You could write a game bot that knows how to play Atari Breakout. You would program things like the paddle, its movements, the ball, and rules about how the ball bounces when it hits paddle, walls, or blocks. You capture the logic and strategy of the game in the software itself. You compile and deploy the software and see how well your game bot performs. If you need to improve on the game playing ability, you change the code, you recompile, redeploy, and retest.
Another option is to use a deep learning technique, known as deep reinforcement learning, to solve the problem. You represent the environment with a deep neural network and you instruct a program how to move through an environment, how to take actions, and how to reap reward for taking the action. So you tell the computer: the reward is the score at the top of the breakout screen and your action is to move the paddle. As the computer, that’s all you need to know. You move the paddle and read what’s happening on the score. The problem has now turned into an optimization problem: given the current state of the game, what actions need to be taken (how do I move the paddle) to maximize the future rewards.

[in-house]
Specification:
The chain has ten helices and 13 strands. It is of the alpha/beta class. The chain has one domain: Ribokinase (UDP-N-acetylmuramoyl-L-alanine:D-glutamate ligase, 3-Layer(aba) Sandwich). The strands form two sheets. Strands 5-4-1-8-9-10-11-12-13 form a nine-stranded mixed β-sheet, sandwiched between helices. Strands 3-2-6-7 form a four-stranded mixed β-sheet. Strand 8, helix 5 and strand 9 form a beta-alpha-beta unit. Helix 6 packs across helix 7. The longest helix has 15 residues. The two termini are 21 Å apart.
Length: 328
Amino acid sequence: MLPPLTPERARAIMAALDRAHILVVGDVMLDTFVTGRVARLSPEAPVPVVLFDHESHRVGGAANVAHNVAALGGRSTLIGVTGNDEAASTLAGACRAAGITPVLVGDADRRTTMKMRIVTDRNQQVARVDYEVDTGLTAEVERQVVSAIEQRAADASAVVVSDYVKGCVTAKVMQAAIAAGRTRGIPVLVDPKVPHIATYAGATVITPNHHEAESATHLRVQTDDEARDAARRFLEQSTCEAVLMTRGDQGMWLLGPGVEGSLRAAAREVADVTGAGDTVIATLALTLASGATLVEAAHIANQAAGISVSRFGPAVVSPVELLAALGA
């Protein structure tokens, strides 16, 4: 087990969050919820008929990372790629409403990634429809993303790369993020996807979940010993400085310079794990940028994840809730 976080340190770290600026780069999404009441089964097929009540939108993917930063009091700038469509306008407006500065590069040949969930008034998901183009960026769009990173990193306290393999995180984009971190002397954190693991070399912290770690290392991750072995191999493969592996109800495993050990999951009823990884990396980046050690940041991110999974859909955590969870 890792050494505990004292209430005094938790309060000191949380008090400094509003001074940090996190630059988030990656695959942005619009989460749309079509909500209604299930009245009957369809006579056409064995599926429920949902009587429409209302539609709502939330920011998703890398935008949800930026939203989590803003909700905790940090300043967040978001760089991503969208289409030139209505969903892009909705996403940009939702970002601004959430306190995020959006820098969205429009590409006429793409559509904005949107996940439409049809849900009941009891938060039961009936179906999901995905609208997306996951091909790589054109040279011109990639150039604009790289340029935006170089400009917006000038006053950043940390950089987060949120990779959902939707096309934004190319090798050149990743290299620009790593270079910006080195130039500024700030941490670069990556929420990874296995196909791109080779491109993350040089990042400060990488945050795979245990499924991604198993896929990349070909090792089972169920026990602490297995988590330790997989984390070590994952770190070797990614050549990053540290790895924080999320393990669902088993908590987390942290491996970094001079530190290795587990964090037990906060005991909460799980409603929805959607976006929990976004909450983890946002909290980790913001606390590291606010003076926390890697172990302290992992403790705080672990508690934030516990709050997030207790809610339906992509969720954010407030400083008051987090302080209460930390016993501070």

Watch this video on Google’s DeepMind implementation of deep reinforcement learning for Atari Breakout:
The software does not know there is a wall or a block or even a ball. It just knows it has a paddle it can move and it wants to get a high score. Two hours in, it plays like an expert. Nobody had to recompile, redeploy or rerun anything. After four hours, it can beat the game. No domain knowledge is involved.
Where can we learn more about deep learning?
Schabenberger: I’ve just contributed to a new What is Deep Learning? resource that provides a lot of information on why deep learning is important and how it works. You’ll also find links to deep learning webinars and videos of data scientists talking about deep learning over there. It’s a great site for explaining the topic to colleagues.
[This article first appeared on the SAS website, SAS Blogs: Connecting you to people, products & ideas from SAS.]